The team’s fortunes went downhill in 1970, and 1971 was even worse. Bob Short traded away Ed Brinkman, Aurelio Rodriguez, and future 20 game winner Joe Coleman for 2 time Cy Young Award winner and former 30 game winner Denny McLain. Short also persuaded former St. Louis Cardinal outfielder Curt Flood (of reserve clause fame) to come out of retirement. The sore armed McLain lost 22 games; Flood didn’t last 2 months before he left the team to become an artist in Barcelona Spain. Those former Senators players now Detroit Tigers were instrumental in the Bengals division championship in 1974.

The vote was 10-2 by the American League owners allowing Short to move the team to Texas (the White Sox and Orioles voted against it). September 30, 1971 was the night when “play ball” was cried out for the last time. For those who remember, it remains a heartache.

Frank Howard lead a great Senators comeback with a homerun in the 6th inning that saw the Nats take a 7-5 lead over the Yankees with 2 out in the ninth. Then the fans stormed the field. I was on the field too. I didn’t run or try to steal turf or do anything destructive, I just wanted to have my say. I think all the fans wanted to have the final say. It was a feeling of frustration I would experience several times in later years, during the strikes. It seems the little guys are always last in the pecking order in the world of big business.

When the Senators left in 1971, they had the worst team in baseball, and the highest ticket prices. It cost $2.50 for a general admission ticket to a Senators game. Up in Baltimore, where the defending World Series champion Orioles won their 3rd consecutive pennant, a general admission ticket was just 75 cents. 55 cents if you were under 14! At the 7th game of the 1971 World Series in Baltimore, my Dad and I walked up to the gate, bought a ticket, and walked right in and saw Roberto Clemente’s homerun bring the world championship to Pittsburgh. In 1972, without competition from the Senators, Orioles attendance dropped by almost 200,000, and yet they still won their 4th consecutive division title.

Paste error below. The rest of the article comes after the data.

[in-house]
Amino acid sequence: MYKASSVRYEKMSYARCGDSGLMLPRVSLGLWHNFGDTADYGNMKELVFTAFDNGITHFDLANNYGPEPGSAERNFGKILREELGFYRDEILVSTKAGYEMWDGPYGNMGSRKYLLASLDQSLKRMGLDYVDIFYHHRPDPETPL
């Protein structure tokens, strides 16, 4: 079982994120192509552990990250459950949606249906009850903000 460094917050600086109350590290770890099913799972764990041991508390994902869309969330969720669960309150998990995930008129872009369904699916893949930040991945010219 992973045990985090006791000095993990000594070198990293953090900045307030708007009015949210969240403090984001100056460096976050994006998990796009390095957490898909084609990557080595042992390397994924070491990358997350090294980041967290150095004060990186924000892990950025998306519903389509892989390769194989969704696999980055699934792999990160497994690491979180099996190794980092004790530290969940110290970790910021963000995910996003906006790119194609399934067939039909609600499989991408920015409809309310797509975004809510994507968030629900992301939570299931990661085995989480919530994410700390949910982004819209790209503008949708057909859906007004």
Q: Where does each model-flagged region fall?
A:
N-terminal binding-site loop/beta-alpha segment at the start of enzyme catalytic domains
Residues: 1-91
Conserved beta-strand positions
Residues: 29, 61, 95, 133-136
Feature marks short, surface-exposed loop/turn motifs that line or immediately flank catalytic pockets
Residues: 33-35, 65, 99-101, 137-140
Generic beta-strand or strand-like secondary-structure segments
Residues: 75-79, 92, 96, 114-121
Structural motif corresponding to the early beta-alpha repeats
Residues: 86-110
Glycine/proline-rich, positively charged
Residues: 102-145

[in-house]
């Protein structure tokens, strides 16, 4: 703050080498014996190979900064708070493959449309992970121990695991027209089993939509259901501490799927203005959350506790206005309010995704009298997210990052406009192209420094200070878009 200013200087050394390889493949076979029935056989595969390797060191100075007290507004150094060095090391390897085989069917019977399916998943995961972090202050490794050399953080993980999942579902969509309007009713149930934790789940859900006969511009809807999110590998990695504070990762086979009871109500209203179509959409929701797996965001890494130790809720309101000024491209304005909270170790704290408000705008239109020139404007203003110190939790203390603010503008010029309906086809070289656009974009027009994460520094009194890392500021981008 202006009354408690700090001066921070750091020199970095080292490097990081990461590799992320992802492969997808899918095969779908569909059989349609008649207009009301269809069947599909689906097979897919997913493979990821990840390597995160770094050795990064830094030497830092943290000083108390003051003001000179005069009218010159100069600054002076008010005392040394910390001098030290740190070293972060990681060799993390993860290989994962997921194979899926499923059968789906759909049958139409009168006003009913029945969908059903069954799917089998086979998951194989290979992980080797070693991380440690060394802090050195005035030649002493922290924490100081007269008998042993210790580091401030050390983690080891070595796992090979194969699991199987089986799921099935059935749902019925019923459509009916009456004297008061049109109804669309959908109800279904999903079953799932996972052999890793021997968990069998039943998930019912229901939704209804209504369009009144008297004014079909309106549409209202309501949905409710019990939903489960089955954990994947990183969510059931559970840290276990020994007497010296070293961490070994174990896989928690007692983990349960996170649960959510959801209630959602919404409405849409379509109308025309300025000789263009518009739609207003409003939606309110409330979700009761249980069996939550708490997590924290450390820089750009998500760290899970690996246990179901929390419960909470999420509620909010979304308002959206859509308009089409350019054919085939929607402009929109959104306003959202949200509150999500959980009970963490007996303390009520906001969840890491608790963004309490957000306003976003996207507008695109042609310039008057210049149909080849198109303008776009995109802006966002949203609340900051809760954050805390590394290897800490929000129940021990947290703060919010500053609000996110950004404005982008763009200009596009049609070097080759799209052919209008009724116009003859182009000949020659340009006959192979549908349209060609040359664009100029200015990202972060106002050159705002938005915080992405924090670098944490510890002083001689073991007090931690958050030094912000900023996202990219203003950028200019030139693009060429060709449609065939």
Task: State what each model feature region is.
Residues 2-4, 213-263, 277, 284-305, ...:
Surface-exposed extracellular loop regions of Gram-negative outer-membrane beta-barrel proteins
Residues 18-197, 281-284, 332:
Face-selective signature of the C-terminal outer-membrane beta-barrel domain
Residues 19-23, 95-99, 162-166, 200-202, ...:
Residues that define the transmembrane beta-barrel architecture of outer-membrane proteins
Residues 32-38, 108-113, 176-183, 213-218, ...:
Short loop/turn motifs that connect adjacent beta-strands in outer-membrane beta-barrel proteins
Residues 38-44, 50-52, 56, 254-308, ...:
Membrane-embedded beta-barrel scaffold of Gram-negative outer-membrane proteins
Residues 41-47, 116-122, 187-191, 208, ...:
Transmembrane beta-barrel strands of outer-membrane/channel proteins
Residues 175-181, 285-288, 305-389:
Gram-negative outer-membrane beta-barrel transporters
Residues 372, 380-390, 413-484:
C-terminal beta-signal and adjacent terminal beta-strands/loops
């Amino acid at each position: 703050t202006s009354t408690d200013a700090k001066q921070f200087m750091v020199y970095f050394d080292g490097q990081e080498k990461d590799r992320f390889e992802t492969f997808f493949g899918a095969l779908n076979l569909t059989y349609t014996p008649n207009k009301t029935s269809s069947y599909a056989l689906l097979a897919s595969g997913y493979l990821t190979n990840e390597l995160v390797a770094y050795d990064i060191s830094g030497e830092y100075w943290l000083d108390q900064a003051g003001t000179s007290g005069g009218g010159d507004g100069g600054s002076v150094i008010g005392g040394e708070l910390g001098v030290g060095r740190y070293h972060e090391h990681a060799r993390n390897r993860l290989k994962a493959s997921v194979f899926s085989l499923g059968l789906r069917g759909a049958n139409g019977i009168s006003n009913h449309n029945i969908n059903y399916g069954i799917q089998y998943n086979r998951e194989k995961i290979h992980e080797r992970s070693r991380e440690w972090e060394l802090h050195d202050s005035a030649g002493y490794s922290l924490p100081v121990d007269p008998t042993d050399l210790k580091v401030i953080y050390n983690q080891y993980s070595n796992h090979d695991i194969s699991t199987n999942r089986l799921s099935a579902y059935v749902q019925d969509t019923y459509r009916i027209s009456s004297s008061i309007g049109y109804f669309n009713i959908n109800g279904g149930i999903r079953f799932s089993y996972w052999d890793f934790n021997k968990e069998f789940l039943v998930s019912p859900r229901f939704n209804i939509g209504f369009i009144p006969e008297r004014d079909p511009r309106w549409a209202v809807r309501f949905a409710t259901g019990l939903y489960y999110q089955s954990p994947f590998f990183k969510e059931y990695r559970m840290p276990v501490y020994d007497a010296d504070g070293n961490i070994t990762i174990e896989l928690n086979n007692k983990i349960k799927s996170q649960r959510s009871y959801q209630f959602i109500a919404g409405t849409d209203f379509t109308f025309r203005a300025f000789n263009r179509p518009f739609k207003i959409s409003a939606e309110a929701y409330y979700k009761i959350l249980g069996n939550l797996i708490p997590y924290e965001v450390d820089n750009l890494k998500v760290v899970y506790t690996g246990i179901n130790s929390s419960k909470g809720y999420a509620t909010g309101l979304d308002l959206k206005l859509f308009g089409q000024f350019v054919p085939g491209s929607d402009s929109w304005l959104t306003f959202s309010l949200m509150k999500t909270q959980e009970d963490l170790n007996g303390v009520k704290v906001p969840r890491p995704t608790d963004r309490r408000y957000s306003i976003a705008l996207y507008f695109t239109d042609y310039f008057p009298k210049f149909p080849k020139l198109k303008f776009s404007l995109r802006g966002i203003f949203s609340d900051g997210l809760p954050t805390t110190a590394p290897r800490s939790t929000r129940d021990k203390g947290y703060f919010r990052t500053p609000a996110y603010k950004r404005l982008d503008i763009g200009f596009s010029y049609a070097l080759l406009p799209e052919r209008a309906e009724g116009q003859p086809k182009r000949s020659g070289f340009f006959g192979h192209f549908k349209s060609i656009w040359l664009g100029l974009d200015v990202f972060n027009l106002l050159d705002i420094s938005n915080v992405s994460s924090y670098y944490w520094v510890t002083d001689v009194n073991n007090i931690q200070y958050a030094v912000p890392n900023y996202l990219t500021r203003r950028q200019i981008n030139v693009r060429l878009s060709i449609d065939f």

There was no way my allegiance could transfer to Texas with Bob Short. The Orioles were a good team, and close enough that I could see them on weekends. For me, it was hard not to like the Orioles. They were not a big market team. They could not succeed by buying victories like the Yankees. They did it on brains. You have to respect that. They pitched, they played defense, they hit 3 run home runs and they grew their own talent. When they did make a trade or picked up a free agent, it was not so obvious. Steve Stone was a .500 pitcher who commanded the modest price of $200,000. All he did was win the Cy Young Award in 1980. Reggie Jackson was a bust, but the trade of Elrod Hendricks and some throw-ins to the Yankees for Scott McGregor, Rick Dempsey and Tippy Martinez remains one of the most one-sided deals of all time.

You had to respect the Orioles, yet, the heartache never left. Washington had its own identity and its own history. All was not right with the world until things were returned to their proper place.
I became involved with the DC Baseball Commission and with the Washington Senators Fan Club. We organized rallies to generate enthusiasm for major league baseball’s to return to Washington. At my own expense, and with my press credentials from WWDC Radio, I attended the baseball winter meetings year after year. We held an event at RFK Stadium where several Senators players returned and we played a taped radio broadcast of the final Senators game in 1971 (that I discovered years earlier in the hands of former WWDC engineer Don Rice). I produced several radio shows on DC Baseball. My guests on these shows included Frank Howard, Morris Siegel, Warner Wolf and even Jack Kent Cooke. The efforts all throughout the 70s, 80s, and 90s failed. It seemed that baseball was using Washington as leverage to get things from others, but did not take us seriously. The heartache continued.

Now the Expos are coming to DC. I had mixed feelings as I watched the final Expos home game on the Internet. I knew exactly how those people in Montreal felt. That night I was an Expos fan. Now, I am numb. I may not believe it until I am sitting at RFK watching the Nats and Diamondbacks on Opening Day in 2005. I am sad my father, who passed away in 2002 will not be there with me.

The economics and politics and all the issues surrounding our new team are a fact of life in the real world, necessary, but not always pleasant. The one thing I can say for sure is that this new team can bring us all together. As a community, we have been brought together by the terrorist attacks, and by the snipers. A sports team can bring a community together in a positive way, in a way that can last for generations.

A few years ago, my dad and I watched Mark McGwire take batting practice before an exhibition game at RFK. In my youth I told my Dad that no one hit the ball further than Frank Howard! My Dad said he saw Babe Ruth hit them much farther. Then, to our non-believing eyes, McGwire hit one off the roof of RFK. That discussion was over.

  • Mark Otterson

    Great article. We must be about the same age as our paths were so much alike.